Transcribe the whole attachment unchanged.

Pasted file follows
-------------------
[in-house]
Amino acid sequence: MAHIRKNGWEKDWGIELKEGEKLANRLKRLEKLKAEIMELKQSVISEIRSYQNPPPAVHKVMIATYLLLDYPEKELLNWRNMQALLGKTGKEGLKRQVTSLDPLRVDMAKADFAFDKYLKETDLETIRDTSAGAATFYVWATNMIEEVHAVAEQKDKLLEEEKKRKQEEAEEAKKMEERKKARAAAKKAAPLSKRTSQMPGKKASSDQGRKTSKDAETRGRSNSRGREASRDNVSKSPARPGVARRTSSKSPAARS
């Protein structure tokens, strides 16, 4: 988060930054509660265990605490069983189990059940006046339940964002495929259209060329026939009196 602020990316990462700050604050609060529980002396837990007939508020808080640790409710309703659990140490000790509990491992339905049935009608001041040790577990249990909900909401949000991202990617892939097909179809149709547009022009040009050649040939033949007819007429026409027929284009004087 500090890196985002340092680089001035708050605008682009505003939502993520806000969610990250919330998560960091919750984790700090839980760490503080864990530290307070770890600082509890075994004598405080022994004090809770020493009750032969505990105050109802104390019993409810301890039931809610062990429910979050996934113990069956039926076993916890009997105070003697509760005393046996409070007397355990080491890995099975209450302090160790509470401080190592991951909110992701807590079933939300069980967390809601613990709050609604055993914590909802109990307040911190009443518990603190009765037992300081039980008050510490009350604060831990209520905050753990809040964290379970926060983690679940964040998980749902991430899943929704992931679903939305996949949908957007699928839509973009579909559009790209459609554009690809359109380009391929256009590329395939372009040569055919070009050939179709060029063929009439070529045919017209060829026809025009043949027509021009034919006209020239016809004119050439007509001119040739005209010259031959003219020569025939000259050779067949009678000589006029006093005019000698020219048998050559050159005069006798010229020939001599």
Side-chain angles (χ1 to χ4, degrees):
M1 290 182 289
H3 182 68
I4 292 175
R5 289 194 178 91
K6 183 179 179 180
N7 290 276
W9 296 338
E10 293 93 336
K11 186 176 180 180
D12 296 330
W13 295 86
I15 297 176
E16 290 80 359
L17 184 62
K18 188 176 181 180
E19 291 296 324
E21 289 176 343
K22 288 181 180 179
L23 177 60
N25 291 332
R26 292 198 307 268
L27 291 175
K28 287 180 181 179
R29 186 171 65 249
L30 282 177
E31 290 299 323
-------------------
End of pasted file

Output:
[in-house]
Amino acid sequence: MAHIRKNGWEKDWGIELKEGEKLANRLKRLEKLKAEIMELKQSVISEIRSYQNPPPAVHKVMIATYLLLDYPEKELLNWRNMQALLGKTGKEGLKRQVTSLDPLRVDMAKADFAFDKYLKETDLETIRDTSAGAATFYVWATNMIEEVHAVAEQKDKLLEEEKKRKQEEAEEAKKMEERKKARAAAKKAAPLSKRTSQMPGKKASSDQGRKTSKDAETRGRSNSRGREASRDNVSKSPARPGVARRTSSKSPAARS
């Protein structure tokens, strides 16, 4: 988060930054509660265990605490069983189990059940006046339940964002495929259209060329026939009196 602020990316990462700050604050609060529980002396837990007939508020808080640790409710309703659990140490000790509990491992339905049935009608001041040790577990249990909900909401949000991202990617892939097909179809149709547009022009040009050649040939033949007819007429026409027929284009004087 500090890196985002340092680089001035708050605008682009505003939502993520806000969610990250919330998560960091919750984790700090839980760490503080864990530290307070770890600082509890075994004598405080022994004090809770020493009750032969505990105050109802104390019993409810301890039931809610062990429910979050996934113990069956039926076993916890009997105070003697509760005393046996409070007397355990080491890995099975209450302090160790509470401080190592991951909110992701807590079933939300069980967390809601613990709050609604055993914590909802109990307040911190009443518990603190009765037992300081039980008050510490009350604060831990209520905050753990809040964290379970926060983690679940964040998980749902991430899943929704992931679903939305996949949908957007699928839509973009579909559009790209459609554009690809359109380009391929256009590329395939372009040569055919070009050939179709060029063929009439070529045919017209060829026809025009043949027509021009034919006209020239016809004119050439007509001119040739005209010259031959003219020569025939000259050779067949009678000589006029006093005019000698020219048998050559050159005069006798010229020939001599």
Side-chain angles (χ1 to χ4, degrees):
M1 290 182 289
H3 182 68
I4 292 175
R5 289 194 178 91
K6 183 179 179 180
N7 290 276
W9 296 338
E10 293 93 336
K11 186 176 180 180
D12 296 330
W13 295 86
I15 297 176
E16 290 80 359
L17 184 62
K18 188 176 181 180
E19 291 296 324
E21 289 176 343
K22 288 181 180 179
L23 177 60
N25 291 332
R26 292 198 307 268
L27 291 175
K28 287 180 181 179
R29 186 171 65 249
L30 282 177
E31 290 299 323